SALT LAKE CITY — Education took top billing as the 2014 legislative session drew to a close Thursday evening.
In SB2, lawmakers appropriated an additional $168 million in one-time and ongoing funding to the state's public schools, including $62 million for enrollment growth and a 2.5 percent increase in per-pupil spending.
Utah's colleges and universities received more than $75 million in SB3, including a $50 million boon in equity funding to the state's open-enrollment schools, where a surging student population has stretched state dollars thin.
"This is going to be enormously helpful to these open-enrollment institutions that have grown so dramatically over the last number of years and who need to have capacity to continue to grow," said David Buhler, commissioner of higher education.
Funding for public and higher education accounts for more than half of all new revenues allocated by the Legislature this year. Lawmakers were also able to meet the top priorities of officials at both levels of education.
But with an ever-growing student population, swelling class sizes, some of the lowest funding levels in the country and a statewide goal to increase graduation rates and degree attainment, educators and lawmakers alike say the current practice of relying on year-to-year economic growth may not hold for long.
On Thursday, Senate President Wayne Niederhauser spoke to the issue of transportation costs, often viewed as the funding rival of education, and how a dollar for Utah's roads frequently comes at the expense of Utah's classrooms.
"When we take general funds to pay for transportation, we are taking funds away from education," Niederhauser said. "We’re coming to a point where that just isn’t going to work anymore."
Budget negotiations were further complicated this year by the introduction of a massive school technology proposal by House Speaker Becky Lockhart. The $200 million HB131 — an amount greater than the total new funding awarded to public education — sought to overhaul the state's technology infrastructure, train educators and eventually see a personal learning device in the hands of each of Utah's more than 600,000 students.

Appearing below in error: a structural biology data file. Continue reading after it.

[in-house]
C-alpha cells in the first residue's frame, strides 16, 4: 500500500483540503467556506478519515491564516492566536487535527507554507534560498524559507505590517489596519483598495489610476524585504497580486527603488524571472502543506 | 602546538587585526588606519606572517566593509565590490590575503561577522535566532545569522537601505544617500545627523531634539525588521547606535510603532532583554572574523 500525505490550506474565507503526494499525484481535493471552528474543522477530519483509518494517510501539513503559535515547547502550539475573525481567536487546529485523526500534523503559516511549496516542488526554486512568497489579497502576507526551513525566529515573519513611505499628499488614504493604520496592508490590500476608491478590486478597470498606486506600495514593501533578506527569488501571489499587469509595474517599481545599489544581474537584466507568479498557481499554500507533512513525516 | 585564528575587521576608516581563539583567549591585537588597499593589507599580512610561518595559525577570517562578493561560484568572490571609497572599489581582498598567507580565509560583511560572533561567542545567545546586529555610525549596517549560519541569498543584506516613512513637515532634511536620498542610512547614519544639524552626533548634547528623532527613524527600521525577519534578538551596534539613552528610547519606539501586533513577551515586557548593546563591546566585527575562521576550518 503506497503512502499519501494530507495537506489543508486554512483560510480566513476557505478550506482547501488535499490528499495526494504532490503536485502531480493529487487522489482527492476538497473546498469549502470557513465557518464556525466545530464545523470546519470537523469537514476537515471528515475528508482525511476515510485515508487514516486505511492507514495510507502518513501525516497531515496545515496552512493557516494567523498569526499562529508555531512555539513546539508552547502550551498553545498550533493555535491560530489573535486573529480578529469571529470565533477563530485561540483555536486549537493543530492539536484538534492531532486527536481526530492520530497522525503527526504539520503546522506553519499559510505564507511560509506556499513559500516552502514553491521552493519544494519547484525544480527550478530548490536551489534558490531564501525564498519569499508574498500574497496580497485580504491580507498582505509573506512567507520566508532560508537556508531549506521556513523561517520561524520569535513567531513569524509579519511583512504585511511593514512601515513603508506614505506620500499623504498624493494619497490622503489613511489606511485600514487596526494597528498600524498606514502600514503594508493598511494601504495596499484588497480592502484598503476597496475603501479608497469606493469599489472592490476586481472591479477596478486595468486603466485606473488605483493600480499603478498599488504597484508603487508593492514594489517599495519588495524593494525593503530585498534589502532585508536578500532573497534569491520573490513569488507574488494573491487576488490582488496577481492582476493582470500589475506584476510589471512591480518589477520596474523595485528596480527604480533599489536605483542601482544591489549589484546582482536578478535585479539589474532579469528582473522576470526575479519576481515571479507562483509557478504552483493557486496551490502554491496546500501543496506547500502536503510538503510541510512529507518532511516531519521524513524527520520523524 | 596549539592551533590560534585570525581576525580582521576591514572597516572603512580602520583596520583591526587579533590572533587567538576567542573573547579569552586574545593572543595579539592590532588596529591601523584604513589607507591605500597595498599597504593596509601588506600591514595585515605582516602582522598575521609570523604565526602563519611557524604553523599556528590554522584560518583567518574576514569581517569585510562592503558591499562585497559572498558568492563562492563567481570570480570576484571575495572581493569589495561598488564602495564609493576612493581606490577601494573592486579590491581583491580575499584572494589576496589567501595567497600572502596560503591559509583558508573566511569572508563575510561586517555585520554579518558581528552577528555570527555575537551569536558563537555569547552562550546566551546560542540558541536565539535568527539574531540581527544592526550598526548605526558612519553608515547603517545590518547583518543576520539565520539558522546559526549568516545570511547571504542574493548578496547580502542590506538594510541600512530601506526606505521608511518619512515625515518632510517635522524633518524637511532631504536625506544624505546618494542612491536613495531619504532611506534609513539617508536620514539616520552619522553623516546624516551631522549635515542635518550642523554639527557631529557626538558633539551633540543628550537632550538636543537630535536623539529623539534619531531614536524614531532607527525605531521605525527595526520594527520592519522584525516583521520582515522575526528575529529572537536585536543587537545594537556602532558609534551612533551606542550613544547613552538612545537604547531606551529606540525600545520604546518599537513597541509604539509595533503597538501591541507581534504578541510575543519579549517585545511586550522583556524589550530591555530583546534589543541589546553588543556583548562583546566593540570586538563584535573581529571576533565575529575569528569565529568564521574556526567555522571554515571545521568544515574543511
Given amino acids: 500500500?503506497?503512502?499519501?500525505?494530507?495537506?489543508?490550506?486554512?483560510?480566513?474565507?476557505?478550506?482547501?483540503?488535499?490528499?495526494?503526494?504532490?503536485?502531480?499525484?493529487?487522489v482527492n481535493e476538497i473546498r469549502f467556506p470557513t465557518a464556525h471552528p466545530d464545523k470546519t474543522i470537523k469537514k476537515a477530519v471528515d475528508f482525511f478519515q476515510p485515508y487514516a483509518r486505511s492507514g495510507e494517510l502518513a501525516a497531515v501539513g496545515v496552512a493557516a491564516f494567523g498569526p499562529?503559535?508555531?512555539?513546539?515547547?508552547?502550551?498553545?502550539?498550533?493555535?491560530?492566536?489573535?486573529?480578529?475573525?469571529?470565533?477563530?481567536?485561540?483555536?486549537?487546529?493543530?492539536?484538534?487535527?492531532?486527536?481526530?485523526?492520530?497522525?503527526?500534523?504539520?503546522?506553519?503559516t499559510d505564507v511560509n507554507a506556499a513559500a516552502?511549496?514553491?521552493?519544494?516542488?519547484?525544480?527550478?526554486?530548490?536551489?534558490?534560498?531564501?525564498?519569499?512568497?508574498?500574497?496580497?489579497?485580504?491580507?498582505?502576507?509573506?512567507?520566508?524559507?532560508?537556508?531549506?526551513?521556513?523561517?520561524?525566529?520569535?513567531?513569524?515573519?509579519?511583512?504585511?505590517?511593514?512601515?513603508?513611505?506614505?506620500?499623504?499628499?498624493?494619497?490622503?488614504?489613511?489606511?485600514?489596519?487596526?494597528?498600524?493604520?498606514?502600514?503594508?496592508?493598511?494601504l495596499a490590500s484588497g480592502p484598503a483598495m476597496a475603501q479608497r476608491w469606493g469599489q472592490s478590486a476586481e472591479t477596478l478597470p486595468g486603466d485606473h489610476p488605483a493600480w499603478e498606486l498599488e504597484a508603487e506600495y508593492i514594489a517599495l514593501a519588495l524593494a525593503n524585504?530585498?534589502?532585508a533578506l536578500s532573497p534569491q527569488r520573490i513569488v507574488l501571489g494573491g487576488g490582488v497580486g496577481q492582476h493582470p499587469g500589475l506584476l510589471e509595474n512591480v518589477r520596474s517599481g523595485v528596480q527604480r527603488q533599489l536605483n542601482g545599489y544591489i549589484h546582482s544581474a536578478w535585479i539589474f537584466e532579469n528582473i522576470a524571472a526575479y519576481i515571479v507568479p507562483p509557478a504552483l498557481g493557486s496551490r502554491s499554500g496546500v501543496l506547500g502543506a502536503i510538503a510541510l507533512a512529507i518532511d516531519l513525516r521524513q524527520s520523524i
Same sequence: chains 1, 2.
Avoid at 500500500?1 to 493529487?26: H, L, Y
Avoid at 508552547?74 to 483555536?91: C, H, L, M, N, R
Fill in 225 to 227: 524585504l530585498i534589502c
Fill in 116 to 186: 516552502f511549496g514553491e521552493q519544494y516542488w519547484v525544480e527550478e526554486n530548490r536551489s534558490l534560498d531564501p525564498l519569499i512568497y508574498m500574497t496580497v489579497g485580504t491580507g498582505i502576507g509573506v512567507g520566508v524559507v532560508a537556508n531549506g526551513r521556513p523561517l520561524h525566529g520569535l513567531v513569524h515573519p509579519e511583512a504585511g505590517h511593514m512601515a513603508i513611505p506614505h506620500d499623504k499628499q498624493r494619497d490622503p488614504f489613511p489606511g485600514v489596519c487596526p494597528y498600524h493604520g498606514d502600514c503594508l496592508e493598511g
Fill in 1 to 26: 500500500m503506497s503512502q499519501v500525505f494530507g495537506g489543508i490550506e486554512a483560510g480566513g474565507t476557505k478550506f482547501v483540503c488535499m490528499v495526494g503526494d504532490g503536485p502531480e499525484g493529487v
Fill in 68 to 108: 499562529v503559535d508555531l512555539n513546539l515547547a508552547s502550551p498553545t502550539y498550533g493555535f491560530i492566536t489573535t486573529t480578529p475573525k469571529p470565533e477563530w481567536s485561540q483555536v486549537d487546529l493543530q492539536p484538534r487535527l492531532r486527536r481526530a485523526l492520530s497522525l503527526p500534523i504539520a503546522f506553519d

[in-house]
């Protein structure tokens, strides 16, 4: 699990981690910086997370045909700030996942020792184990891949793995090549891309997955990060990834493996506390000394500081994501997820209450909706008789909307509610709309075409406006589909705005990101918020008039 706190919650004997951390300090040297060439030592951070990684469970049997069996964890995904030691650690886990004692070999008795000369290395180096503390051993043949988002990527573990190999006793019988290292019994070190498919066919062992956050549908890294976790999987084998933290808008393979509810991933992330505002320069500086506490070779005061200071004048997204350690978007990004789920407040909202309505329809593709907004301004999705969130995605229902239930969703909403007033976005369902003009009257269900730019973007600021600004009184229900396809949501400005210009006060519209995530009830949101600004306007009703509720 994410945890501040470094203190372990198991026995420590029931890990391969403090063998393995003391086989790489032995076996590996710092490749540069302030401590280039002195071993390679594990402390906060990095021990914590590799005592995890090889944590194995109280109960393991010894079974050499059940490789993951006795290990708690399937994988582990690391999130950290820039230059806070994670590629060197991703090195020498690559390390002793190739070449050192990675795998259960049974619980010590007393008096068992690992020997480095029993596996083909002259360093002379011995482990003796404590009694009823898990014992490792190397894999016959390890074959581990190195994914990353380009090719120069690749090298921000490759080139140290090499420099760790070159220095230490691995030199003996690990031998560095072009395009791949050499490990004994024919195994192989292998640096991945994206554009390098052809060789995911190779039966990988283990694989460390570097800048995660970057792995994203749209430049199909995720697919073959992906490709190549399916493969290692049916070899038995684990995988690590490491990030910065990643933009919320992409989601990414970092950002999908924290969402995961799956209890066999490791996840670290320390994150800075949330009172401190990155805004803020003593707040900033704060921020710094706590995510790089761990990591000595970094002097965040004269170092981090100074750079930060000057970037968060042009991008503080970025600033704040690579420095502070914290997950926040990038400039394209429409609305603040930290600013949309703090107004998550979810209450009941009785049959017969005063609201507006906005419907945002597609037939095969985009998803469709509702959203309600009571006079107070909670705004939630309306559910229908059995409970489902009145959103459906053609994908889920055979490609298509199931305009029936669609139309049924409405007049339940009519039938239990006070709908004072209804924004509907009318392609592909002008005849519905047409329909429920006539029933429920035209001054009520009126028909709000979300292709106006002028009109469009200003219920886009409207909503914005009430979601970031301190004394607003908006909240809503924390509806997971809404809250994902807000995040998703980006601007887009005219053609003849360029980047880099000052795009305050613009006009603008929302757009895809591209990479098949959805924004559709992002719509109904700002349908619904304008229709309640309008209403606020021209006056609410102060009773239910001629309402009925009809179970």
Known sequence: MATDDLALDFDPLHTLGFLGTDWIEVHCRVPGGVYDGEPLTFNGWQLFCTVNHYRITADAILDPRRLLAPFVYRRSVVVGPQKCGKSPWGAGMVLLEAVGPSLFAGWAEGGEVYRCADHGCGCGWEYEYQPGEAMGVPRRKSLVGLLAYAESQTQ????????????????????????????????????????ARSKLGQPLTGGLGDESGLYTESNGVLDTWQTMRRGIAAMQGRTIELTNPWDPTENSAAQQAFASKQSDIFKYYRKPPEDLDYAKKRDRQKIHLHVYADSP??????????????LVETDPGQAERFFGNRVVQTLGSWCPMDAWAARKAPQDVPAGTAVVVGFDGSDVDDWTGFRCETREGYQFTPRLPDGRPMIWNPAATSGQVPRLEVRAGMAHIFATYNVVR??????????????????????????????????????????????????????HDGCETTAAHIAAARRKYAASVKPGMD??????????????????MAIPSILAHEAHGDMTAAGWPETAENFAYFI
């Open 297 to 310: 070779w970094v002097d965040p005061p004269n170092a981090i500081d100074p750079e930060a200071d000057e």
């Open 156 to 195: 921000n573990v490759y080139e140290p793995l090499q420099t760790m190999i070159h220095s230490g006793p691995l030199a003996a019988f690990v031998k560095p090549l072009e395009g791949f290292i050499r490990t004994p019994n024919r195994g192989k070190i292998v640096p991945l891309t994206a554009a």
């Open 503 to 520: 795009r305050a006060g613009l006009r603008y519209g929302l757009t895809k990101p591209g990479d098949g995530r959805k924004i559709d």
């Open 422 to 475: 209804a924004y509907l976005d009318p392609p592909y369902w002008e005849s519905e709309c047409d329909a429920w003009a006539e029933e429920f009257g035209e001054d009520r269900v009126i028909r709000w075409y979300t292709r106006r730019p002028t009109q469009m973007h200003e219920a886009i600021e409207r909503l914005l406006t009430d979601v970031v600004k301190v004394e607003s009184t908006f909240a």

Senate leaders balked at the cost, offering $26 million instead for an incremental rollout, and Gov. Gary Herbert said he would veto any figure greater than $30 million. The stalemate threatened to force a special session of the Legislature to resolve the budget, but House leaders receded from their plans entirely, allowing for a consensus budget to move forward.
"I’ve been here for 16 years, and I know how to take a punch," Lockhart said of the defeat of the technology initiative. "You know the real fighters by how they react after they get hit."
Lockhart, who has announced that she will not seek re-election this year, said she remains committed to achieving a so-called "1-to-1" device ratio. She said she will continue to work with her colleagues in the House and Senate to examine ways to increase technology in schools.
"I will still be the speaker of the House for nine more months, and I’m the chair of the Education Task Force that we just voted to extend for another year, so there will be plenty of time to move that initiative forward," Lockhart said.
Buhler said he was grateful for the work of the Legislature in funding higher education. Beyond the equity funding, which will be used to address capacity by hiring staff and opening up "bottleneck" courses, lawmakers approved $3.5 million for the Regents and New Century Scholarship programs and funding for infrastructure upgrades at the University of Utah, new classroom buildings at Utah State University's regional campuses and the construction of a science building at Weber State University that has been a construction priority for several years.
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